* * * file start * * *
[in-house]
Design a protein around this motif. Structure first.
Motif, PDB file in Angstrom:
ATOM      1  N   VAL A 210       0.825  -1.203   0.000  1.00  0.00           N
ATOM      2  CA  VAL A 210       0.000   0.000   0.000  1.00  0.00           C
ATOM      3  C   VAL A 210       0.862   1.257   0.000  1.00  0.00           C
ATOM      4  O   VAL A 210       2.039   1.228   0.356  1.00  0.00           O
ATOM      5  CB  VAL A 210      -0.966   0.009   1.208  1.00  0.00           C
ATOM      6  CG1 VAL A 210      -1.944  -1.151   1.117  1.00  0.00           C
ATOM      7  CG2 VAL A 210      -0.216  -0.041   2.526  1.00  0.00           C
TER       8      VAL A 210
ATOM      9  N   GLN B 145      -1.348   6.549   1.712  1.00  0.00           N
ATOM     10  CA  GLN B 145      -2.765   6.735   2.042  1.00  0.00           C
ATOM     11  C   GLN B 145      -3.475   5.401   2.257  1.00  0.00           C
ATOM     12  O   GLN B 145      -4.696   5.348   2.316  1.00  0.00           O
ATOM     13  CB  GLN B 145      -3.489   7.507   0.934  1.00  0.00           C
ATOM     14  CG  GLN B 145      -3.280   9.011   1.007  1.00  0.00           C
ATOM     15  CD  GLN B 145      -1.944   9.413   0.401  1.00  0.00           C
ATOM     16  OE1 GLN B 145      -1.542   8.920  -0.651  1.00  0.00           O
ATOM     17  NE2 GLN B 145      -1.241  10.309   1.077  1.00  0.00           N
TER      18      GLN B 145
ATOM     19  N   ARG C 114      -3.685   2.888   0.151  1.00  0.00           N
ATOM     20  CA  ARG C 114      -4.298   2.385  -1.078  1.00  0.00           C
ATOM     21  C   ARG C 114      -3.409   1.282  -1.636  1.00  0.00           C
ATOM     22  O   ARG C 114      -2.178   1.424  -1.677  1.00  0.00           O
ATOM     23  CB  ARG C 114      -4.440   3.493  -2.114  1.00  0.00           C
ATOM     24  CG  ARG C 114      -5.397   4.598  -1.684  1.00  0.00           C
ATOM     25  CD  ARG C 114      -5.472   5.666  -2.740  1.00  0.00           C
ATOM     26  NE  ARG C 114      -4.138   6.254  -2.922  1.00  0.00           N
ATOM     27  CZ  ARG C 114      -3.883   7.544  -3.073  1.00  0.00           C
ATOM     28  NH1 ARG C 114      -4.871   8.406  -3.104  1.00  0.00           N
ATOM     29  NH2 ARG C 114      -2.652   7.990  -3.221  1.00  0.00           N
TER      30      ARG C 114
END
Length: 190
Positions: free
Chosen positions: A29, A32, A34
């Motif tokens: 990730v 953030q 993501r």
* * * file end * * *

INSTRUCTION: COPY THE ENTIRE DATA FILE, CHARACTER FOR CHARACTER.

[in-house]
Design a protein around this motif. Structure first.
Motif, PDB file in Angstrom:
ATOM      1  N   VAL A 210       0.825  -1.203   0.000  1.00  0.00           N
ATOM      2  CA  VAL A 210       0.000   0.000   0.000  1.00  0.00           C
ATOM      3  C   VAL A 210       0.862   1.257   0.000  1.00  0.00           C
ATOM      4  O   VAL A 210       2.039   1.228   0.356  1.00  0.00           O
ATOM      5  CB  VAL A 210      -0.966   0.009   1.208  1.00  0.00           C
ATOM      6  CG1 VAL A 210      -1.944  -1.151   1.117  1.00  0.00           C
ATOM      7  CG2 VAL A 210      -0.216  -0.041   2.526  1.00  0.00           C
TER       8      VAL A 210
ATOM      9  N   GLN B 145      -1.348   6.549   1.712  1.00  0.00           N
ATOM     10  CA  GLN B 145      -2.765   6.735   2.042  1.00  0.00           C
ATOM     11  C   GLN B 145      -3.475   5.401   2.257  1.00  0.00           C
ATOM     12  O   GLN B 145      -4.696   5.348   2.316  1.00  0.00           O
ATOM     13  CB  GLN B 145      -3.489   7.507   0.934  1.00  0.00           C
ATOM     14  CG  GLN B 145      -3.280   9.011   1.007  1.00  0.00           C
ATOM     15  CD  GLN B 145      -1.944   9.413   0.401  1.00  0.00           C
ATOM     16  OE1 GLN B 145      -1.542   8.920  -0.651  1.00  0.00           O
ATOM     17  NE2 GLN B 145      -1.241  10.309   1.077  1.00  0.00           N
TER      18      GLN B 145
ATOM     19  N   ARG C 114      -3.685   2.888   0.151  1.00  0.00           N
ATOM     20  CA  ARG C 114      -4.298   2.385  -1.078  1.00  0.00           C
ATOM     21  C   ARG C 114      -3.409   1.282  -1.636  1.00  0.00           C
ATOM     22  O   ARG C 114      -2.178   1.424  -1.677  1.00  0.00           O
ATOM     23  CB  ARG C 114      -4.440   3.493  -2.114  1.00  0.00           C
ATOM     24  CG  ARG C 114      -5.397   4.598  -1.684  1.00  0.00           C
ATOM     25  CD  ARG C 114      -5.472   5.666  -2.740  1.00  0.00           C
ATOM     26  NE  ARG C 114      -4.138   6.254  -2.922  1.00  0.00           N
ATOM     27  CZ  ARG C 114      -3.883   7.544  -3.073  1.00  0.00           C
ATOM     28  NH1 ARG C 114      -4.871   8.406  -3.104  1.00  0.00           N
ATOM     29  NH2 ARG C 114      -2.652   7.990  -3.221  1.00  0.00           N
TER      30      ARG C 114
END
Length: 190
Positions: free
Chosen positions: A29, A32, A34
């Motif tokens: 990730v 953030q 993501r």